Indoor Air Quality: Why Does It Matter?

14 Jun 2022

Environmental Planning

Air quality

Whilst much of the media attention is drawn toward the challenges caused by outdoor air pollution, and the resultant health impacts on communities, little is often said about the importance of Indoor Air Quality (IAQ).

On average, we spend around 90% of our time indoors, in the home or workplace environments. Consideration for IAQ is not often given or even acknowledged, which poses a challenge for managing the associated health impacts and their risks.

In our latest insights article, the second in our Air Quality: How Clean Is The Air You're Breathing series, Delta-Simons’ Senior Air Quality Consultant, Siobhan Goodman, explores the potential causes of Sick Building Syndrome (SBS) and the preventative measures you can take as an employer or building owner. 

Indoor Air Quality: Why It Matters

IAQ is affected by thermal conditions and pollution with various airborne contaminants such as gaseous compounds, fine particles (non-biological) and bioaerosols, which can all negatively affect the health, comfort, and performance of a building's occupants. 

Understanding and controlling these thermal comfort measures and common pollutants within the indoor environment, including temperature, relative humidity, carbon dioxide (CO2), carbon monoxide (CO), volatile organic compounds (VOCs), pollen, bacteria, mould (fungi) and virus particles, to name a few, can help mitigate against the risk of health impacts.

Sick Building Syndrome (SBS) is the term used to describe the range of adverse health effects considered to relate to the duration of time spent in a building and is seen to severely compromise IAQ. Whilst this includes the uninfluenced indoor air environment, SBS can also relate to those health effects directly caused by operational processes within a building, resulting in inhalation of dust and fumes, amongst other process-related contaminants.

These negative health impacts include headaches, fatigue, irritability, dizziness, nausea, fever, chills, difficulty breathing, rash and a runny nose. Whilst many occupants of a building may complain about at least one of these symptoms, most typically in the afternoon period of a working day, many would be unaware of the association of these with the building's IAQ and as such, limited mitigation is often in place to prevent reoccurrence. This can ultimately affect productivity in the workplace and may also lead to increased absenteeism.

Potential Causes of Sick Building Syndrome and Preventative Measures


IAQ challenges occur when adequate consideration is not given to ventilation requirements at the design stage of a building, for example in office spaces. Basic design decisions related to site selection, building orientation, location of air intakes and how a building will be heated, cooled and ventilated, are all critical to good IAQ.

Furthermore, employers have a duty of care to provide adequate and well-maintained ventilation within their premises, however, it is acknowledged that this needs to be balanced against the potential for occupant discomfort due to draughts and potentially associated lower indoor air temperatures.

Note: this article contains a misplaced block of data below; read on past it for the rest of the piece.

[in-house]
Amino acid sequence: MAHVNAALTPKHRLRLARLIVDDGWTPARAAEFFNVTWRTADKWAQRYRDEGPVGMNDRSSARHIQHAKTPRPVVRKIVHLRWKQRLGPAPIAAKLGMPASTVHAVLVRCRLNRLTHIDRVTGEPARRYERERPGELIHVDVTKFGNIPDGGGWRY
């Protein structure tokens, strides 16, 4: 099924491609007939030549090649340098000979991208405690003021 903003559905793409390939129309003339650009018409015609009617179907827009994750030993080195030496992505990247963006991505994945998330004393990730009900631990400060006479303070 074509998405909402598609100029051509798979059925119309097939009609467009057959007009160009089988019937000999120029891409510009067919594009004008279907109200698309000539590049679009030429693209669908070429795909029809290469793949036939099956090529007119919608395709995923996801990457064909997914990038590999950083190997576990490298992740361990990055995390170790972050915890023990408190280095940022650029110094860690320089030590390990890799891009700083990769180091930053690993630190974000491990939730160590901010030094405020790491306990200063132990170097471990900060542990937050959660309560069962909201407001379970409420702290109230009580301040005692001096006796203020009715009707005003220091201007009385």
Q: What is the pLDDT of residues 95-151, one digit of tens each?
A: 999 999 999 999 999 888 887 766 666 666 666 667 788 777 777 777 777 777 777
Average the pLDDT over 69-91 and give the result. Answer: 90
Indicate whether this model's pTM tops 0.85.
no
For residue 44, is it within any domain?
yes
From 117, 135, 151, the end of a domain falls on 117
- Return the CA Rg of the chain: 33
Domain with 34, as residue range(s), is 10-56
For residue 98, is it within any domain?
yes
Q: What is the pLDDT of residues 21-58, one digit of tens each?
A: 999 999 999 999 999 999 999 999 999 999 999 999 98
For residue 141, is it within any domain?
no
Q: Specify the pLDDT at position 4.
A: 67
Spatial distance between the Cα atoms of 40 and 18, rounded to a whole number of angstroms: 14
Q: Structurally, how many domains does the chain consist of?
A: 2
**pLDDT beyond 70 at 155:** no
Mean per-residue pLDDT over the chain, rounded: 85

Efficient ventilation of indoor spaces is necessary to reduce contaminants and is known to be associated with improved health, better concentration, higher levels of environmental satisfaction, lower absence and reduced exposure to pollutants. 

Appraisal and monitoring of indoor spaces and consideration of their Heating, Ventilation and Air Conditioning (HVAC) systems is therefore crucial to highlight any areas where improvements can be made. 

With regard to ventilation rate, a supply of ('fresh') ambient air of 10 l/s/person is recommended as suitable for most commercial buildings, which would result in maximum CO2 concentrations of 800-1000 parts per million (ppm). As a reference, average CO2 concentrations above 1500ppm when a room is occupied is an indicator of poor ventilation. Action should therefore be taken to improve ventilation where CO2 readings are consistently higher than 1500ppm. 

Monitoring of IAQ, and consideration of the HVAC system and associated ventilation rate, allows for the appraisal of potential benefits to the installation and implementation of CO2 monitors in the indoor space.

A poorly ventilated building provides no escape for air pollutants and is a major contributor to the onset of SBS. Recommendations to utilise openable windows and to use and manage the HVAC systems effectively within a space hold great merit in mitigating against the build-up of contaminants and are often the first steps in promoting better IAQ.

Biological Contaminants

The presence of bioaerosols in the indoor environment is often due to dampness, water stagnation and inadequate ventilation within the building. Excess moisture on indoor surfaces can lead to the growth of mould, fungi and bacteria, which subsequently emit spores, cells and VOCs into the air, to be breathed in by occupants, with the potential to cause various infections and toxicosis.